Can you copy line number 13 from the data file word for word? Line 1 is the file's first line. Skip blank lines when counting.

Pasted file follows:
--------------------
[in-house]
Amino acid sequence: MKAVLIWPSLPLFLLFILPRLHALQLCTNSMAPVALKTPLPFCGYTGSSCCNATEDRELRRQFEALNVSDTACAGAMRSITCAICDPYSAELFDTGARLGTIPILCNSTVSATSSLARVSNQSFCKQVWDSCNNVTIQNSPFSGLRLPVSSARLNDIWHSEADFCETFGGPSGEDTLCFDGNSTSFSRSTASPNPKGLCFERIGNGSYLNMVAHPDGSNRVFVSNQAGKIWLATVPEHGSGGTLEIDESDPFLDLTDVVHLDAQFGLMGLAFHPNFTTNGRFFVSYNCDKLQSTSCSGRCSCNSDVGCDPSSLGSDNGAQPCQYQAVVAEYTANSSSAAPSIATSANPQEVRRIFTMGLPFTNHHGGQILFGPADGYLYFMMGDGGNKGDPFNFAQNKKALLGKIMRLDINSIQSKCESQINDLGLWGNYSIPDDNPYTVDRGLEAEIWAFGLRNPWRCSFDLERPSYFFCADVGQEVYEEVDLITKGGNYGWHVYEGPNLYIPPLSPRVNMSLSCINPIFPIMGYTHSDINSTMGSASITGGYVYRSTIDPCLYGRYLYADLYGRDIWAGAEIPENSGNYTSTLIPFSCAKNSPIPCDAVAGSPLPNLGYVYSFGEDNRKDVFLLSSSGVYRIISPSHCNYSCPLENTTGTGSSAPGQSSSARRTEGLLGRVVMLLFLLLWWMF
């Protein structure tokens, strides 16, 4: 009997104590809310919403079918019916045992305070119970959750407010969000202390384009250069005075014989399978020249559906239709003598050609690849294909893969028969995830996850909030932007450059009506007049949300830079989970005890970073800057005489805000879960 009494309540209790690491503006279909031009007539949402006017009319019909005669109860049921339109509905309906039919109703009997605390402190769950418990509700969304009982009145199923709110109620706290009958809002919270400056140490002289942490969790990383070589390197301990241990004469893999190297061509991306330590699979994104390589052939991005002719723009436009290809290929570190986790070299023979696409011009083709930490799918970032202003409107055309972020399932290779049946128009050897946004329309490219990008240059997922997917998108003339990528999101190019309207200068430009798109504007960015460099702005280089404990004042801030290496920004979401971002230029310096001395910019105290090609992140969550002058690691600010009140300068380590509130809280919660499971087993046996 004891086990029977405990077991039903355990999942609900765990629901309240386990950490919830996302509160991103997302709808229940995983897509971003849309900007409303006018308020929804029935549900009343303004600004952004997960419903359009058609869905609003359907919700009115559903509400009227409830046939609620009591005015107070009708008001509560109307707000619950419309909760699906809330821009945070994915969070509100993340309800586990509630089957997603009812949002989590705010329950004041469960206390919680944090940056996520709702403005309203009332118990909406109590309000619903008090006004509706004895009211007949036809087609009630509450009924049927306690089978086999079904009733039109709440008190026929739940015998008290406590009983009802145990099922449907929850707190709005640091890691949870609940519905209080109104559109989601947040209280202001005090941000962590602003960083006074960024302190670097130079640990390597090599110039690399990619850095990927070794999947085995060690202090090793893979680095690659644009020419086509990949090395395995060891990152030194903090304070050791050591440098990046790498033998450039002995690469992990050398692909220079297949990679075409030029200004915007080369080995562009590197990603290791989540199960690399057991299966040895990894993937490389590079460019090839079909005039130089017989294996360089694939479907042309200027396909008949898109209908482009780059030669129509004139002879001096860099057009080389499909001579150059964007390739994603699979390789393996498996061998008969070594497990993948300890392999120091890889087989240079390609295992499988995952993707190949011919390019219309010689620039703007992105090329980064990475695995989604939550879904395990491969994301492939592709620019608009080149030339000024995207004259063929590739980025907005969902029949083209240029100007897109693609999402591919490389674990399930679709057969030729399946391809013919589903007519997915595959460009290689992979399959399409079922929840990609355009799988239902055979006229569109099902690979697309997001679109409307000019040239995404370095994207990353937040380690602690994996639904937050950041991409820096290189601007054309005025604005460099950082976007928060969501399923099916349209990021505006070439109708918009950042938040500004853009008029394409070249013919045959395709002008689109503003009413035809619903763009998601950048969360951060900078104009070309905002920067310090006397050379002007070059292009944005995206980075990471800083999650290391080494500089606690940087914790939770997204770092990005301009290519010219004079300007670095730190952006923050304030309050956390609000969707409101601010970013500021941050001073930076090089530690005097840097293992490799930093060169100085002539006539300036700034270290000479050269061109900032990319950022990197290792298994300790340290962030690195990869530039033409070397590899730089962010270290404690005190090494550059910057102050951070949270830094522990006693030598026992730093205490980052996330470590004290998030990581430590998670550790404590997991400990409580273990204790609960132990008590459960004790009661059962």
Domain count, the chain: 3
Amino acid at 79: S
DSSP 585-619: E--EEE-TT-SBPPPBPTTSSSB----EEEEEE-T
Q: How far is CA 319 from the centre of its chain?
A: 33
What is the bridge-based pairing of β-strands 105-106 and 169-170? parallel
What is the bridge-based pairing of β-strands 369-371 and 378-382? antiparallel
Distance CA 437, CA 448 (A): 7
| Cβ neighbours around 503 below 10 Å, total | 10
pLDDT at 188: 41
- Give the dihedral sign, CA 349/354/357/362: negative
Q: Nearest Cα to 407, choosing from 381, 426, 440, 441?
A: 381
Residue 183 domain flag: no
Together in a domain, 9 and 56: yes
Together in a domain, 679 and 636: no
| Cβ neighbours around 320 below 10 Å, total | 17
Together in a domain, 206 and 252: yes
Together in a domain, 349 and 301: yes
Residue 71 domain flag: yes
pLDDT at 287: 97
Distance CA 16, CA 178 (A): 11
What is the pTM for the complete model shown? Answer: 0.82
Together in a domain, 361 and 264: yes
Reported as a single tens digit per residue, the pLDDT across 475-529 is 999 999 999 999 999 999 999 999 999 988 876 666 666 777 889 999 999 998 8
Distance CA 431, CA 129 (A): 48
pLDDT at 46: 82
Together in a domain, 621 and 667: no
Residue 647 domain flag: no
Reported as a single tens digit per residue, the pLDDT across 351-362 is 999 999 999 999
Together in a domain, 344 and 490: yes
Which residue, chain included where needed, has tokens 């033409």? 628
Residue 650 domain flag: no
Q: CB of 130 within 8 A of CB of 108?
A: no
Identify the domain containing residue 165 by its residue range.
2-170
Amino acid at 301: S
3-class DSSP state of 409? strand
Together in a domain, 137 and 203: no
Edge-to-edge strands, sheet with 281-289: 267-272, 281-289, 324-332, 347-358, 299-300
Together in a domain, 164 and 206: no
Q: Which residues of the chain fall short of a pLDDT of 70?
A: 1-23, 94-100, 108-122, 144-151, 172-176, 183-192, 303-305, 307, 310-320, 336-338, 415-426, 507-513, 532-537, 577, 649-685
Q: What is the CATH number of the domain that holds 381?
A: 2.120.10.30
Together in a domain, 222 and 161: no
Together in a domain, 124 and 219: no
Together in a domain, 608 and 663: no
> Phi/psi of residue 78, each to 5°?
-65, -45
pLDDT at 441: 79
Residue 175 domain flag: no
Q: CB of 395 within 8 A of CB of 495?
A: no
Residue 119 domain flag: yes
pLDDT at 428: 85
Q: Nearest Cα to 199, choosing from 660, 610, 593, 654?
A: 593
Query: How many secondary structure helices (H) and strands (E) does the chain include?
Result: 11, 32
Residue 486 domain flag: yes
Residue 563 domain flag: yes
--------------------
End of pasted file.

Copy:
pLDDT at 188: 41